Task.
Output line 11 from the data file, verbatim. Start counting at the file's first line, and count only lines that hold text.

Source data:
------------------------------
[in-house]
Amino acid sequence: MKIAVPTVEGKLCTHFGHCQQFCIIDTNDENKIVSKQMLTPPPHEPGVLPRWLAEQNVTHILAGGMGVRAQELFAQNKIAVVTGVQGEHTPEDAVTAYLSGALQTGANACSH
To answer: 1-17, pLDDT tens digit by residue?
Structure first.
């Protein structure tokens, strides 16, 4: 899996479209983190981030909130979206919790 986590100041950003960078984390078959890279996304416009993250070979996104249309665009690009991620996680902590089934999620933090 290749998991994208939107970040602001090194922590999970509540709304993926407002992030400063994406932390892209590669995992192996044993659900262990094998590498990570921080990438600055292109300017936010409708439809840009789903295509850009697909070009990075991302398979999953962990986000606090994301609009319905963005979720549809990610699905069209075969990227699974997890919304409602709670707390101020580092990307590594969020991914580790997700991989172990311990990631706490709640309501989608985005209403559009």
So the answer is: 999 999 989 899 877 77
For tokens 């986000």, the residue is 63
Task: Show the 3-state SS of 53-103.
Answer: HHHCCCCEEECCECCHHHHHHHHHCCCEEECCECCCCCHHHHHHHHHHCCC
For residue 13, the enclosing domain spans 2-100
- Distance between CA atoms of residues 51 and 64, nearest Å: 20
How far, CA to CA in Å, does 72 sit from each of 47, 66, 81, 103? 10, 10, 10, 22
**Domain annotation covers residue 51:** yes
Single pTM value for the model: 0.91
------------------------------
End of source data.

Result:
- Distance between CA atoms of residues 51 and 64, nearest Å: 20